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What is counselling?


 

Many people have heard of counselling, and even wondered if it is something that would help them. Many have asked themselves “what is counselling”? but, due to feelings of shame or issues with stigma, may not have actually asked that question out loud.


If you are considering counselling, or you are simply curious, this post is for you. It aims to help you understand the often shame-inducing question: What is counselling?



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So, what is counselling?

Simply put, counselling is a process (conducted by a trained professional) that allows people to talk through (while mentally, physically, and emotionally processing) difficult feelings and encounters they have had in life.


It is a confidential space like no other in the world, where the focus is solely on the client and their reality. It is tailored to the individual needs of the client, rather than being a blanket “treatment” or “one size fits all”.


Counselling can come in a range of formats, for example:


  • Face-to-face: In-person sessions in a room with a counsellor. Traditionally, these were the ones you saw on TV with the person laying on the couch. However, we have moved away from this way of working in the profession, and you are likely to be sitting upright in a chair… Unless you want to lay down, that is! However, these sessions are not always conducted in a room, sitting in a chair. They might also be done while walking or doing an activity, depending on the counsellor’s training.


  • Telephone counselling: Conducted over the phone with no visual cues. Counsellors who engage in this type of work should be trained, and will be able to pick up on the cues that are normally gained through visual contact with a client, through listening to changes in tone, breath, and speed of speech, for example. Telephone counselling can be helpful when your counsellor lives at a distance or when a client is experiencing a lot of shame and or anxiety.


  • Video counselling: This type of counselling is also known as online counselling, however, the term also covers telephone and email, so I have chosen to specify it as video counselling. These sessions are usually conducted over a video streaming platform, like Zoom or sometimes Facetime. Again, counsellors working in this way should have had training to do so, and may work in a range of ways to help the client. Some examples from my experience working in this way are:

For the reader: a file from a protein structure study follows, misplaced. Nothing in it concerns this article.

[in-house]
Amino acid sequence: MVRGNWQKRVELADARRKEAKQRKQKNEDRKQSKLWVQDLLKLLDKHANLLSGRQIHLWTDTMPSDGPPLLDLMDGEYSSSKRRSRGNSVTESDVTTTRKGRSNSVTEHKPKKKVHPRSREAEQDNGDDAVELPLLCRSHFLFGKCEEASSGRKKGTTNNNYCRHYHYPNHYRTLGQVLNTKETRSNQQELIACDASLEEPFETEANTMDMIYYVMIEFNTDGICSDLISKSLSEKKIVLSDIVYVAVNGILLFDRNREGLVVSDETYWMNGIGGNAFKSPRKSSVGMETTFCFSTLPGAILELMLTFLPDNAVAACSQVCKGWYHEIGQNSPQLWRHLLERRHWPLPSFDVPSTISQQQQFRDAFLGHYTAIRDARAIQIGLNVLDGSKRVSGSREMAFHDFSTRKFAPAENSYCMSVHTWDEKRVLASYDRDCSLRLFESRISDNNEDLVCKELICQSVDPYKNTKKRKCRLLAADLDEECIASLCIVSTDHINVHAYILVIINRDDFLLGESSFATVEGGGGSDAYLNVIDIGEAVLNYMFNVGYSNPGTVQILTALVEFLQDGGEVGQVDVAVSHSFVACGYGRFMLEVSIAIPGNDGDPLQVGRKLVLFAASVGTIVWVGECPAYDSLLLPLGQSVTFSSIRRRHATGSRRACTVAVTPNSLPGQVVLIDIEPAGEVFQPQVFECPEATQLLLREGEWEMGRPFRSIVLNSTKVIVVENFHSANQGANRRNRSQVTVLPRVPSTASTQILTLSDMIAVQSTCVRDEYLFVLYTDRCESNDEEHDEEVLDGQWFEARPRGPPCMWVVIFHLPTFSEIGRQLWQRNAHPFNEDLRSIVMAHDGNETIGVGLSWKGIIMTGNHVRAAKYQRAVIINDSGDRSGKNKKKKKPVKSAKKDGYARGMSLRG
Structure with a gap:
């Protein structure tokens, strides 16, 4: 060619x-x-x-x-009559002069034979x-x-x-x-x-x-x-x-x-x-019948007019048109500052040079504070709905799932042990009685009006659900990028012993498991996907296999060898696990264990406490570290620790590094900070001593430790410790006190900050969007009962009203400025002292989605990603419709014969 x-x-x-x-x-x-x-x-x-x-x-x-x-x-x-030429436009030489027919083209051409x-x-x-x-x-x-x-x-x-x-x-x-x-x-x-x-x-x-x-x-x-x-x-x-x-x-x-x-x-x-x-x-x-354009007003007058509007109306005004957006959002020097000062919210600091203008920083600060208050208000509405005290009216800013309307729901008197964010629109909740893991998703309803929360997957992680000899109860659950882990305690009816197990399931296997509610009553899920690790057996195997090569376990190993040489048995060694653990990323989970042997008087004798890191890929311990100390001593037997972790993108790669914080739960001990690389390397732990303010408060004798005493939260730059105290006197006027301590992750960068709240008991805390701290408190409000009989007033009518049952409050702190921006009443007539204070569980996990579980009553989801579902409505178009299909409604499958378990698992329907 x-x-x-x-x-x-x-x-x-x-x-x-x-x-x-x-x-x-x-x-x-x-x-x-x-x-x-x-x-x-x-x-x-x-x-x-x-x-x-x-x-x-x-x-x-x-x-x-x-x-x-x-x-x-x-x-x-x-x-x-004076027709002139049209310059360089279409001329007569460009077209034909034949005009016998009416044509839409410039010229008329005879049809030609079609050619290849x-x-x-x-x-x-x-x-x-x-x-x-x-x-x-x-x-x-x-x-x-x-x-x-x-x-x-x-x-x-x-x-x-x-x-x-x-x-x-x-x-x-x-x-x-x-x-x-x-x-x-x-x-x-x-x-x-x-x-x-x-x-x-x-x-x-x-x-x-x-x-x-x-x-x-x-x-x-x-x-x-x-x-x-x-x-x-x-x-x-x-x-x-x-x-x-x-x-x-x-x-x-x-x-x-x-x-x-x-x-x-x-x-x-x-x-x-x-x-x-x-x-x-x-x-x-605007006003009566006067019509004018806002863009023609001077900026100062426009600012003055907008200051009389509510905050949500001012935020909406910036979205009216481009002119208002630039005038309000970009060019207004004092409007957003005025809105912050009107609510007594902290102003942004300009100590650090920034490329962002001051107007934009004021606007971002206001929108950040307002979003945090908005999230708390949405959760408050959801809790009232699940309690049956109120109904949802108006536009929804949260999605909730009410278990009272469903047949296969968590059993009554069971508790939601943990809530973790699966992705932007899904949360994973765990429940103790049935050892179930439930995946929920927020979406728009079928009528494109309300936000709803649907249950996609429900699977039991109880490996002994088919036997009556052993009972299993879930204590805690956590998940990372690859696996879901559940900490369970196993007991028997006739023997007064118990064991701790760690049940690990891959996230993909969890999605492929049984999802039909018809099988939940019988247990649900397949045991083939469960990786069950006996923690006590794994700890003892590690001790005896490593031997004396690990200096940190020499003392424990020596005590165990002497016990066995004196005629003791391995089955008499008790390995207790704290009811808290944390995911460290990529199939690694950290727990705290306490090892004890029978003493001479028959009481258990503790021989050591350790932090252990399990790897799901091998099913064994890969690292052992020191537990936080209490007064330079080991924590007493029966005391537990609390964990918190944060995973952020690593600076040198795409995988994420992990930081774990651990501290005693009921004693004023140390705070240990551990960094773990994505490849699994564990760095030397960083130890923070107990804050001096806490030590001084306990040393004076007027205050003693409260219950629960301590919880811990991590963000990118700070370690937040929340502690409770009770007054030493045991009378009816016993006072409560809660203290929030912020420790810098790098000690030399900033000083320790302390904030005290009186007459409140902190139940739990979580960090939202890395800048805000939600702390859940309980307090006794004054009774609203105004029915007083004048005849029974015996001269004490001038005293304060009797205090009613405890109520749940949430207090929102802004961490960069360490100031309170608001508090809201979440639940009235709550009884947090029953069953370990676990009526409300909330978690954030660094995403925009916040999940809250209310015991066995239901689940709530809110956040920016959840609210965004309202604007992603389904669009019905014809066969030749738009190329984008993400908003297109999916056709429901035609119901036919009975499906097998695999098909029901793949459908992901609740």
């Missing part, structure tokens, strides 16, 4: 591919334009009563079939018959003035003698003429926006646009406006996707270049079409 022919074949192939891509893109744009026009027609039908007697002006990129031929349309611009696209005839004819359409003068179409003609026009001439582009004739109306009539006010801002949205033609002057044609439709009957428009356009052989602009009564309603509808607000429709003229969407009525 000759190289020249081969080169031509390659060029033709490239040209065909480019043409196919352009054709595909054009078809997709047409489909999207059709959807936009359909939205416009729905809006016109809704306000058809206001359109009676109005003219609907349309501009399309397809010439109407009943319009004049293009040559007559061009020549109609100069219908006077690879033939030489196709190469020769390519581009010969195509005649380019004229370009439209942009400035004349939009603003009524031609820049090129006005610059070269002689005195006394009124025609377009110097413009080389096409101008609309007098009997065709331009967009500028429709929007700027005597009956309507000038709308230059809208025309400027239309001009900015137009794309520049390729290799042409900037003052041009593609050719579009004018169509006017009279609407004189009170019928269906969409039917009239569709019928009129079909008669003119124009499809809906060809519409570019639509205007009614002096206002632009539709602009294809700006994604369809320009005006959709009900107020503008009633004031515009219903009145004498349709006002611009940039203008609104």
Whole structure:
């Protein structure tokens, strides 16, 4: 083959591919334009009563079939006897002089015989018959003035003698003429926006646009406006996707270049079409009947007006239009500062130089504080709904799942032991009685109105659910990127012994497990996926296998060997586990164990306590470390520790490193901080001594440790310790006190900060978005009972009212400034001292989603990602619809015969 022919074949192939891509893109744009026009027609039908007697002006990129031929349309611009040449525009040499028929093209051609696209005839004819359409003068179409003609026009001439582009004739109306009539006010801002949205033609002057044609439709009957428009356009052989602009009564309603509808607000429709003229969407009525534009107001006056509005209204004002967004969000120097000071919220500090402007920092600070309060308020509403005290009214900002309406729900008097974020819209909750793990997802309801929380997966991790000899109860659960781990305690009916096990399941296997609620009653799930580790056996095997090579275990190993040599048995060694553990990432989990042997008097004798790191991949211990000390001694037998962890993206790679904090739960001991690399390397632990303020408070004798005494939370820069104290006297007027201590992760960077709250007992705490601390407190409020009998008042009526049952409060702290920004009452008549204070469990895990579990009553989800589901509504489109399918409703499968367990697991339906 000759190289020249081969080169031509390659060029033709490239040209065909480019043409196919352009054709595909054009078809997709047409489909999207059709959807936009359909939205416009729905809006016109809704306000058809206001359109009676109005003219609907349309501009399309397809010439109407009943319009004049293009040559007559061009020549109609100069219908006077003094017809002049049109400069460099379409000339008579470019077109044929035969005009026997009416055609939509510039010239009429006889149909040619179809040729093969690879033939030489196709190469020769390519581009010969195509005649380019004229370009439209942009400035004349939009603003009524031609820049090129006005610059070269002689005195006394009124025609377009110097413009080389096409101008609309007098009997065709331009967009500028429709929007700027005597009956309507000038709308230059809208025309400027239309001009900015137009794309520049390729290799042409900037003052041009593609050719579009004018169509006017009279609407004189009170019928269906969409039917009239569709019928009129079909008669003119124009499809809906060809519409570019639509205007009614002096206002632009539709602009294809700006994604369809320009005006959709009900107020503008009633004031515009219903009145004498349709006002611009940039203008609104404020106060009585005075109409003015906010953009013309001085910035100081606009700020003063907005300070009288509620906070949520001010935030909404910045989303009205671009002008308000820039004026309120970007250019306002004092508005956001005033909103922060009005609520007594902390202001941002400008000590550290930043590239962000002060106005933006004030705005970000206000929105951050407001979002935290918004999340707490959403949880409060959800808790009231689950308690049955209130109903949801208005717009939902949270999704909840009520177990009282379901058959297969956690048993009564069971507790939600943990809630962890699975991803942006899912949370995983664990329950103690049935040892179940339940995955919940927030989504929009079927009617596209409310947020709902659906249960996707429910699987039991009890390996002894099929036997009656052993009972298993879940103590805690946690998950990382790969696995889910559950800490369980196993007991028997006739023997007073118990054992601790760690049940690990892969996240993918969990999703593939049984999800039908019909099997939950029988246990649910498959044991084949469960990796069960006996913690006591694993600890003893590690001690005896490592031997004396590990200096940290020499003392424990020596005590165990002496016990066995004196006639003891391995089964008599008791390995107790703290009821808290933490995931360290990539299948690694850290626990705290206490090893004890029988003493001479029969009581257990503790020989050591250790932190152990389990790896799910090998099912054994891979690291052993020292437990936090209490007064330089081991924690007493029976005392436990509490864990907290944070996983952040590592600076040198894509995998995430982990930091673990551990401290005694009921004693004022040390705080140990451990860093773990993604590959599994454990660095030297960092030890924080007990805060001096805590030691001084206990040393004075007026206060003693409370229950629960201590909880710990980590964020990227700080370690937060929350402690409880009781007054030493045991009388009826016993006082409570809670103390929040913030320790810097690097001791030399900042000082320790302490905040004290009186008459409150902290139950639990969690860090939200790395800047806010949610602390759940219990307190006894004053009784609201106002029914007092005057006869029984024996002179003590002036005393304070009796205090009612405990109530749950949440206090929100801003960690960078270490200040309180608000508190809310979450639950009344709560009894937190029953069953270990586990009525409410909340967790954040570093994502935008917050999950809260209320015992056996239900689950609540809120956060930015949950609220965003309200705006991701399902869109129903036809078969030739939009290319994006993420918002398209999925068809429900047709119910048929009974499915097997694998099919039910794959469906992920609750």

• I have asked my client to prop their camera in a certain way, so I can watch them as they draw something as part of our session.

  • I have asked my client to move the camera so I can see their physical responses as we talk.

Like telephone counselling, video counselling can be helpful when the client lives at a distance from the counsellor.


  • Email counselling: Email counselling can be great, especially when working over different time zones. It can be done in two ways:

  1. The client and the counsellor email each other back and forth for the duration of the session.

  2. The client writes to the counsellor, and the counsellor reads and responds to the client during the session time. This last way usually takes up the whole session time, and so the client then has the next seven days to write their response and get it back to the counsellor before the date and time of their next session, where the process will repeat itself.

Again, when supporting clients who are dealing with high levels of shame or anxiety, email counselling can be great. I like to use it with some clients as a transition into video counselling.


  • Counselling in a group: Most of the formats above can be offered to a group too, depending on suitability. Group therapy is where clients with similar issues all work with the same counsellor during the therapy room. Usually, everyone is in the room together, the therapist will lead the session. Everyone in the group will share, as part of the counselling process.


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Alright, and while we are at it… What is a counsellor?

A counsellor is a person who has professional qualifications in therapeutically and analytically supporting people through difficult emotions and encounters. The counsellor will guide you (the client) through your experiences and through a process of change.


There are many different types of counsellors, trained in different ways of working with individual client needs. The human race is so diverse in likes, dislikes, race, age, culture, and more that it would be impossible to have one way of working, or one analytical theory that “works” for everyone.


To find out more about the different types of therapy, click [here]. It can be useful to take a look to help inform what type of counsellor might be right for you.


I will be delving deeper into this topic over the next few months, looking at the different types of therapeutic professionals, the cost of therapy, and what happens in the therapy. Make sure you follow me on [Instagram] to keep up to date with each post as it comes out.


I hope this post has helped your understanding of counselling. If you have any questions, or want to suggest a future topic, email me or drop me a comment 🧡


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